Much like the open shop referendum last year, this year’s gubernatorial election in Virginia is significant for labor. It’s a chance to contest the open shop in a region that has long seemed closed to any pro-labor advances on the issue. The primary vote is set for Tuesday and the labor movement would do well to make its presence felt.

Spread of the open shop

Politically, the open shop has been something of a settled matter in most of the South.

One of the first open shop statutes passed in Florida in 1944. As Gilbert Gall recounts in his Labor Studies Journal article, leaders of the American Federation of Labor (AFL) were slow to respond to the calls from its state affiliates for assistance in defeating the measure:

“…..President Green affirmed that the AFL wanted to help, but, he added, ‘it is expected that the Florida labor movement will do its part.’ He then chastised (Florida labor leader W.E.) Sullivan for the recent defeat of a liberal Florida Congressman, stating that he could not ‘understand why labor in Florida did not make a better showing.’ If it had, Green argued, it would have had ‘a tremendous moral effect’ against the coming Right to Work amendment, though exactly how he did not say.”

Floridians would go on to approve the measure with about 55 percent of the vote. While the open shop would end up spreading to places like Nebraska, South Dakota and Iowa over the next three years, it was the South where the concept really took hold. By the end of the 1950s, nearly all of the southern states would have right-to-work legislation on the books.

A chance for change

Given that history, it may not come as much of a surprise that the political support for Virginia’s status as an open shop state has been bipartisan. The current governor, Terry McAuliffe, gave a speech to business leaders pledging his full-throated support for the law during his 2013 gubernatorial run and has stated that he would not seek to change it as governor.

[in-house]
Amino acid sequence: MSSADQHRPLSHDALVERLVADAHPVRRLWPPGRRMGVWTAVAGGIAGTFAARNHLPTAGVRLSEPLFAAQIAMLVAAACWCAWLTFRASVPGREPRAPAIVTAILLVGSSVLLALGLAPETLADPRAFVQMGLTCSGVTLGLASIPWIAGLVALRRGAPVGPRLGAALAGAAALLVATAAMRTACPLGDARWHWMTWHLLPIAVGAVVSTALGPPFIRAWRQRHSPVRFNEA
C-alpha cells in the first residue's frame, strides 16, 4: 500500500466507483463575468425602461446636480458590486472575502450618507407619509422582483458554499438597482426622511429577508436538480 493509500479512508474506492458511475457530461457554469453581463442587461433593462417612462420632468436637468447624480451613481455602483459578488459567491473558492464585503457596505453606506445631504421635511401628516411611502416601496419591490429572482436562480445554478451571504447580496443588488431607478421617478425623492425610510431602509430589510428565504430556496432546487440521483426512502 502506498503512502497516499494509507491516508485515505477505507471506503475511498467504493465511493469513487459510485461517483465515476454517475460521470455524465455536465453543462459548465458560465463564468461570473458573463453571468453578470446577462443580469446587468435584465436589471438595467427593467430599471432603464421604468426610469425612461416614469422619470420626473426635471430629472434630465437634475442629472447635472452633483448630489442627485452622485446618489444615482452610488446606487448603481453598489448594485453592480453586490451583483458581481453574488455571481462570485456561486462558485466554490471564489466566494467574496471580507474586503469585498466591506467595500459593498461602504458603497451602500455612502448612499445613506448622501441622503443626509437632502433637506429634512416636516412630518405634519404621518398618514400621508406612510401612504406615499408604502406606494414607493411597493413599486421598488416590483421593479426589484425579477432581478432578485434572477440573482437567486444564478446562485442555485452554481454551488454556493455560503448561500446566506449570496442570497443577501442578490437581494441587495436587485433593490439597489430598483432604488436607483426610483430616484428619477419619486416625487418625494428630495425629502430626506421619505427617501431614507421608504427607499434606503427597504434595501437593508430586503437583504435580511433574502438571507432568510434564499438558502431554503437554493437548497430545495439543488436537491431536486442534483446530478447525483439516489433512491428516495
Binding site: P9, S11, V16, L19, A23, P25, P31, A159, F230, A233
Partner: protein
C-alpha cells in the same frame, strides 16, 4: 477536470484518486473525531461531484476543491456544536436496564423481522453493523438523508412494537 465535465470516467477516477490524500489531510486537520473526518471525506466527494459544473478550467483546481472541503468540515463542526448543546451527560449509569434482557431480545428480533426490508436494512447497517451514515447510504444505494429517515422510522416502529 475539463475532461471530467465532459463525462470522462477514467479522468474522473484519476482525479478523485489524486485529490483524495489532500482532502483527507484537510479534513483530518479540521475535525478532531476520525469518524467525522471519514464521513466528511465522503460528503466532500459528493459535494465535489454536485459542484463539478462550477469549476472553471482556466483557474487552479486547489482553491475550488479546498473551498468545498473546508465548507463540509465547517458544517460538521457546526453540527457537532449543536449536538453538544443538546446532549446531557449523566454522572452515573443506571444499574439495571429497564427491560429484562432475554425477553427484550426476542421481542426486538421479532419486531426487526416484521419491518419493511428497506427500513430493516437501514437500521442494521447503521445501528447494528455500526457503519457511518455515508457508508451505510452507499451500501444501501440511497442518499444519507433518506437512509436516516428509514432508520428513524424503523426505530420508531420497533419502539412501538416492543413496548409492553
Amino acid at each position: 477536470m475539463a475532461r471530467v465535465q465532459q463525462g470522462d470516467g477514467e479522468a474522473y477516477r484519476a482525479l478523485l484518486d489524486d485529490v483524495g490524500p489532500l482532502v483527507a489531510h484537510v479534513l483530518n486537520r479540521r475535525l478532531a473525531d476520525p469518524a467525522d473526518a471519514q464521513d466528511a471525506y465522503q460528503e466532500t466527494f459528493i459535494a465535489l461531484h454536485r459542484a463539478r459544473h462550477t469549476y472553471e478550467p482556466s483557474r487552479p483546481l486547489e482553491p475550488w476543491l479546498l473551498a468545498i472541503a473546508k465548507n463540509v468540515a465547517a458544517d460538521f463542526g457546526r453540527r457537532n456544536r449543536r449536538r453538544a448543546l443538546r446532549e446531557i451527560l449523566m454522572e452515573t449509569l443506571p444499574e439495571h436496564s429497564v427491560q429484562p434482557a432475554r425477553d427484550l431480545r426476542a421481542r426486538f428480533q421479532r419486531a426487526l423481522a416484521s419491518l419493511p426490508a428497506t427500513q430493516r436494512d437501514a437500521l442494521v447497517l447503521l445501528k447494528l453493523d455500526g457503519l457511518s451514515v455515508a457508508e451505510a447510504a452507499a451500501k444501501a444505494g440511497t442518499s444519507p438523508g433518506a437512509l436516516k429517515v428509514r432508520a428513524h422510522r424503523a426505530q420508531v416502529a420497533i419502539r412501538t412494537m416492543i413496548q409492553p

This brings us to the Democratic gubernatorial primary this year, which features a race between Lt. Gov. Ralph Northam and former U.S. Rep. Tom Perriello.

Northam, a former state senator and erstwhile potential party-switcher, began the race as the favorite after Herring decided to forgo a run for governor and seek re-election as attorney general. He lined up the endorsement of McAuliffe as well as a fundraising advantage of about half a million dollars. Perriello, who upset arch-conservative U.S. Rep. Virgil Goode in the 2008 congressional election, has closed the gap by turning the election into a referendum on Donald Trump.

But here’s the reason why this election is so important to labor: Perriello has taken a strong stance against the open shop. In an article outlining his campaign’s “Plan For Working Families”, Perriello states that:

“Too often, workers in Virginia don’t get the protections they need to earn their rightful pay and maintain consistent hours. Wage theft, the denial of benefits, and reduced bargaining powers are all side effects of a long, sustained attack on workers’ rights in Virginia. Workers do better when they have strong unions, and the decline in union membership is a major reason why wages have effectively flat-lined since the 1970s. That’s why I oppose so-called ‘right to work’ laws that kneecap unions from helping workers bargain for higher wages.”

He has defended this stance in gubernatorial debates as well, noting that he would fight for a repeal of the law even though it is unlikely to pass through a General Assembly that is dominated by Republicans. Northam, on the other hand, has called for Democrats to focus on other labor issues such as sick leave and an increased minimum wage instead of “pick(ing) fights that we perhaps can’t win right now.”

Sick leave and a minimum wage increase are important, for sure, but without a strong labor movement, it is hard to get the popular groundswell needed to prod legislators to make positive moves on those issues, either. Democrats should be united in their opposition to a policy that drains resources from labor unions and seeks to undermine the growth and stability of the movement as a whole.

Another major victory for the labor movement in Virginia could have major implications for the AFL-CIO’s strategy in the South further down the line. We should ensure that such a big opportunity is not missed.